There are wonderful scenes where Alex and his friends scour shops looking for food stuffs that were popular in the old days but are now no longer available. He even goes as far as to fake TV broadcasts to maintain the illusion where actual scenes of East Germans flooding in to the West is re-interpreted as West Germans seeking refuge in the East.
Saturday, 27 September 2008
Tuesday, 23 September 2008
Saturday, 30 August 2008
Whilst Teen Titans is not technically a spinoff of Warners' other super hero series, Batman, Superman and Justice League, it shares good character-based plots and excellent animation albeit in a more stylized manga style and thus light years away from its noble predecessors.
Given that the show is aimed at a younger audience, it has perhaps not received the widespread attention by animation fans, that it warrants. This is partially true, but the episodes I have caught, have tackled adult themes and the animation is a welcome change from the slightly cliched anime style of some much lauded Japanese cartoons.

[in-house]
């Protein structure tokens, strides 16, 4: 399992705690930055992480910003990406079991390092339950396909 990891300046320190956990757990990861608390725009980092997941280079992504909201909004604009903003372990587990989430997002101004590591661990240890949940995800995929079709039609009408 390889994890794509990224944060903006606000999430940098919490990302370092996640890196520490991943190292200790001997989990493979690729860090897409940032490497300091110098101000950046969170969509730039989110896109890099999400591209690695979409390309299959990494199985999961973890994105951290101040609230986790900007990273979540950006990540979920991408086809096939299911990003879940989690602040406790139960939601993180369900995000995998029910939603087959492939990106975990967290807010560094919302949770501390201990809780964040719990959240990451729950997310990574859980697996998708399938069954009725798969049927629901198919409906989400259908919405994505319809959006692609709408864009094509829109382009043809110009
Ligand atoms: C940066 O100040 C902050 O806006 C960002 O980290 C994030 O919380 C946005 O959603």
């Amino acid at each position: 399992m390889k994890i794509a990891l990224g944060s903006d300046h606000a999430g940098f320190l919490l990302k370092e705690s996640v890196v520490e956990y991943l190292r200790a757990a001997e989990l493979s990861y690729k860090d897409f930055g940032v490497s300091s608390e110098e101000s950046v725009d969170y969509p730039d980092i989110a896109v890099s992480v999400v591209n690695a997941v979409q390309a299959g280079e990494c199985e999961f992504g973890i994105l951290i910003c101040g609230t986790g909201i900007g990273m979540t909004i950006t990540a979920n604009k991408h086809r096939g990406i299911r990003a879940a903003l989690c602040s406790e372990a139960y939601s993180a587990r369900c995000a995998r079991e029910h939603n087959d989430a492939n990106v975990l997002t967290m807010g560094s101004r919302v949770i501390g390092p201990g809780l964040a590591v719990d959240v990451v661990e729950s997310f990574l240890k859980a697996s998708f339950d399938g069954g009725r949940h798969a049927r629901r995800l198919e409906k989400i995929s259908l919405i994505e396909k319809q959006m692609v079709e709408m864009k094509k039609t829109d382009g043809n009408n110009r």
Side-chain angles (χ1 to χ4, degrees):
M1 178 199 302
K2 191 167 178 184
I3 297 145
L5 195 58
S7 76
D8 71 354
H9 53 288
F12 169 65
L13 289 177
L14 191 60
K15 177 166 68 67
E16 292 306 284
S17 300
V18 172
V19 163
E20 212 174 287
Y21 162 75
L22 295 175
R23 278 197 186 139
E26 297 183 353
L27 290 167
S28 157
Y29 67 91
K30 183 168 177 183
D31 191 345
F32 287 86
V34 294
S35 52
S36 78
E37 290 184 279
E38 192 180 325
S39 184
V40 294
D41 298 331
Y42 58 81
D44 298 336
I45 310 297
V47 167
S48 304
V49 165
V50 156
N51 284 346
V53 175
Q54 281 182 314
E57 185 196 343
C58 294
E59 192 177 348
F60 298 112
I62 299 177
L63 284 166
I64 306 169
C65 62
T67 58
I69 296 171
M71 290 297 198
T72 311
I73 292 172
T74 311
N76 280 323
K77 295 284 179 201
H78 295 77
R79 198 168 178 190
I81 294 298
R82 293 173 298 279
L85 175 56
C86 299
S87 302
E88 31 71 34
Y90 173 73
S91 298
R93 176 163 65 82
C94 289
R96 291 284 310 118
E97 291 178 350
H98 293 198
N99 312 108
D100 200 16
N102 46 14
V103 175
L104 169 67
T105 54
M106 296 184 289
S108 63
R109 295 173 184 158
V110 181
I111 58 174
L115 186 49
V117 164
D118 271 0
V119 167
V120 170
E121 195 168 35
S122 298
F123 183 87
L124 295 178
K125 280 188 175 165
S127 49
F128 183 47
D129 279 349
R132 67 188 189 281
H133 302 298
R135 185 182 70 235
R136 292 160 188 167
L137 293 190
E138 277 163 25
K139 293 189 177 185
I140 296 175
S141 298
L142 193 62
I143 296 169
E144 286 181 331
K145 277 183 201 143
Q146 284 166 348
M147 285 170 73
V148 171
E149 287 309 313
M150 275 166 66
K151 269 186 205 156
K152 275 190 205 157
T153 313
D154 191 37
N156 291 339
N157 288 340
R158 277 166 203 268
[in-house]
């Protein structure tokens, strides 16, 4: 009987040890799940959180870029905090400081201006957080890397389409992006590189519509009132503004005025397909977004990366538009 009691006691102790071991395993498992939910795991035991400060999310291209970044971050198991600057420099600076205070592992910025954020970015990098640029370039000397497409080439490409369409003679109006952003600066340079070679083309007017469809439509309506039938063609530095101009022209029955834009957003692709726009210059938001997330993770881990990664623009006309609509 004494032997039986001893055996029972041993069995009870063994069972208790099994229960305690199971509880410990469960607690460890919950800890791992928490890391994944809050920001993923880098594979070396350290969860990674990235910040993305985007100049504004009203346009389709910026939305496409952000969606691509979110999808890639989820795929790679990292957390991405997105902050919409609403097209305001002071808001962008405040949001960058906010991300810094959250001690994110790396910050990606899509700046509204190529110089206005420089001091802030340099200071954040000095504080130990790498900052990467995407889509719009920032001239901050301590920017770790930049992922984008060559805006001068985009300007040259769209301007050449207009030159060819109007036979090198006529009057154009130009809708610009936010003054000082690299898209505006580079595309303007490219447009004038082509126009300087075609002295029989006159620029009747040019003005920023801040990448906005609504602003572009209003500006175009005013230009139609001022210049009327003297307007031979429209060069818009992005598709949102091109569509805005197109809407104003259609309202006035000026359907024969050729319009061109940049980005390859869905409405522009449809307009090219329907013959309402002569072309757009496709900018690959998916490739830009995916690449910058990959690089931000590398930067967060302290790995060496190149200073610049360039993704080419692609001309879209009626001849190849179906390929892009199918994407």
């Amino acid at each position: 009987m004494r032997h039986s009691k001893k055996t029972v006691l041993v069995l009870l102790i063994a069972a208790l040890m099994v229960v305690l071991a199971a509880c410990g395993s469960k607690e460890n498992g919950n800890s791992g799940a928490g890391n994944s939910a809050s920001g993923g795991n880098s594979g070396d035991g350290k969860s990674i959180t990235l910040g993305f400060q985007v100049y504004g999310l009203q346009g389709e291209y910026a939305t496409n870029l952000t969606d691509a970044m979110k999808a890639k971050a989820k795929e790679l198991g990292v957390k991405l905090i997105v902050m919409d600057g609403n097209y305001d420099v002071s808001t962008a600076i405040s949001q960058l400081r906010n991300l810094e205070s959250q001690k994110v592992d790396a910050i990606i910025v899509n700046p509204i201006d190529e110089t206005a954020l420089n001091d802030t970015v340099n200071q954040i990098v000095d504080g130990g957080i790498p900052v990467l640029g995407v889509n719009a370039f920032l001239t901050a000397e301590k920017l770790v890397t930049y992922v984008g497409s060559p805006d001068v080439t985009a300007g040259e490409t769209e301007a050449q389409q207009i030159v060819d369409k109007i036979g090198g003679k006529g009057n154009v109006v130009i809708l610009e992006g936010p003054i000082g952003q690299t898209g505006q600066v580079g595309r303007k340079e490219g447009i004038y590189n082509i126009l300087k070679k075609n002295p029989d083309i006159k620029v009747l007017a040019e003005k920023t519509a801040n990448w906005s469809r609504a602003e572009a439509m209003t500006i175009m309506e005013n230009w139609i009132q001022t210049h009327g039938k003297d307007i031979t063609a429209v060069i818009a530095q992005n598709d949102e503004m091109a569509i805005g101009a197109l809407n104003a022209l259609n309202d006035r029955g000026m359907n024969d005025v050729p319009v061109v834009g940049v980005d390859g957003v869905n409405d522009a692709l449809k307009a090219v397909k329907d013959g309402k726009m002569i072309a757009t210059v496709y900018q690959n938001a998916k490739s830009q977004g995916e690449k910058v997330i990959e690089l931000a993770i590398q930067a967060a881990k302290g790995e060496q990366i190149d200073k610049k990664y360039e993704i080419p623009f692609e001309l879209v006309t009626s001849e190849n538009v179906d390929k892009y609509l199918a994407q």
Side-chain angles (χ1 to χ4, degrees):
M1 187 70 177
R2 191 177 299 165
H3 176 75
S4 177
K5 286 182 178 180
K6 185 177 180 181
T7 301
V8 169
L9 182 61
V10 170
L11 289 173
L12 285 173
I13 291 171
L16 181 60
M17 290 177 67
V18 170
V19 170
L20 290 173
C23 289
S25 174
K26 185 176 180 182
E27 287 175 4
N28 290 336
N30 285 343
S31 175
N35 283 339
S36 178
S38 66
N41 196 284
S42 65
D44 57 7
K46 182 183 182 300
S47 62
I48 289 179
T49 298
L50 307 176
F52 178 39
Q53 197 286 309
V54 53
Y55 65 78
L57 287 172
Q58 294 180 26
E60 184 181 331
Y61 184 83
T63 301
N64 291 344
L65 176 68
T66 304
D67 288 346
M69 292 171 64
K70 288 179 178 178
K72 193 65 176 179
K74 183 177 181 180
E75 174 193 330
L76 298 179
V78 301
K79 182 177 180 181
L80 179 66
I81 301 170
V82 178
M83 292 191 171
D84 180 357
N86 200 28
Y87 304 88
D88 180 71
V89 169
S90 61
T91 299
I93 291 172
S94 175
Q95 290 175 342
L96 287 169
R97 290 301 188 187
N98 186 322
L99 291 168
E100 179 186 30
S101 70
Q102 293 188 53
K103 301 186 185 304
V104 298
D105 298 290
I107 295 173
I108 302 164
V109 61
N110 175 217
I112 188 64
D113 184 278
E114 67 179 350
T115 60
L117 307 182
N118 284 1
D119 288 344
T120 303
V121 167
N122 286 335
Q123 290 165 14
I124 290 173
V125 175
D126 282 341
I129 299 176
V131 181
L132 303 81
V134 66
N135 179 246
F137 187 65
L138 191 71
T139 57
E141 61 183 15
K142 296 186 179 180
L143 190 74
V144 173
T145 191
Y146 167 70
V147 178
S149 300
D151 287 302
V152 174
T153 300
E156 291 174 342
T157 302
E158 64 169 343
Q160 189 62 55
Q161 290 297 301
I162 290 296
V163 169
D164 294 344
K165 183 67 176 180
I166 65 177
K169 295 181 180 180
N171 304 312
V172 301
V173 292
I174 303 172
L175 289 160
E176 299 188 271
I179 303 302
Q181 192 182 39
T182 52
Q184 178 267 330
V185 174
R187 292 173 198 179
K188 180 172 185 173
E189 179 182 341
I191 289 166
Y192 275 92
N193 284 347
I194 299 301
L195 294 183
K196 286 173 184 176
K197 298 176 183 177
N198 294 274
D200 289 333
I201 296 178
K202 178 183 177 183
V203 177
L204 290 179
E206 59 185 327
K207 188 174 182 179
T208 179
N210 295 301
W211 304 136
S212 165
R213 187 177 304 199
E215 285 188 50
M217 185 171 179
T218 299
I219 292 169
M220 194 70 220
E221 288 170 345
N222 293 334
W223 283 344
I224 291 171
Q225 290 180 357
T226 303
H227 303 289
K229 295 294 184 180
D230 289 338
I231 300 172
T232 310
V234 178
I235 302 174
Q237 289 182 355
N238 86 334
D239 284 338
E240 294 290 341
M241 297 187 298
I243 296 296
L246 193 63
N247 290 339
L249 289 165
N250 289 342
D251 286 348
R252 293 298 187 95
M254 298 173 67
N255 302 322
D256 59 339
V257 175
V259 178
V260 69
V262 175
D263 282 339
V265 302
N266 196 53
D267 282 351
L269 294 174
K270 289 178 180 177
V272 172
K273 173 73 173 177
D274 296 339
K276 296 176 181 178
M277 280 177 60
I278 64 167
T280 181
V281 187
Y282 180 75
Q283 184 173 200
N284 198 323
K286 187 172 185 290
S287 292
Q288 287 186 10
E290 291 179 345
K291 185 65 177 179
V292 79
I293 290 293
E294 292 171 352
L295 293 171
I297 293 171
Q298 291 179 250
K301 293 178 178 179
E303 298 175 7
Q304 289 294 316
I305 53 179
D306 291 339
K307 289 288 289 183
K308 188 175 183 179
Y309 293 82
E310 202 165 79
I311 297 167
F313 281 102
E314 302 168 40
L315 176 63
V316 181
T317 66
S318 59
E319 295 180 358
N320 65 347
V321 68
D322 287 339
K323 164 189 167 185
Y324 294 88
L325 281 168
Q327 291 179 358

The delightfully bonkers theme tune for Teen Titans - which I have something of a soft spot for - is enthusiastically performed by J-Pop lovelies Ami Onuki and Yumi Yoshimura better known as Puffy Amiyumi. While Teen Titans is at the kiddie end of their portfololio Puffy Amiyumi's more recent material, which I strongly advise you check out, features some great pop and rock tunes that remind you of L7, Joan Jett, Shampoo, The Beatles, The Who, Abba, Bow Wow Wow, The Ramones, Polysics and Pizzicato Five. Massive in their home country, Ami and Yumi were appointed goodwill ambassadors to the United States to encourage tourism in Japan and looking at them, it's not hard to see why!
Sunday, 24 August 2008
There was a time when Boy on A Dolphin was a popular staple of Saturday afternoon telly, which makes it inexplicable why it's not officially available on DVD. Even though it's not the greatest of adventures and the on-screen chemistry of the principals is somewhat lacking, the film looks great and Loren...well we've all see that photo!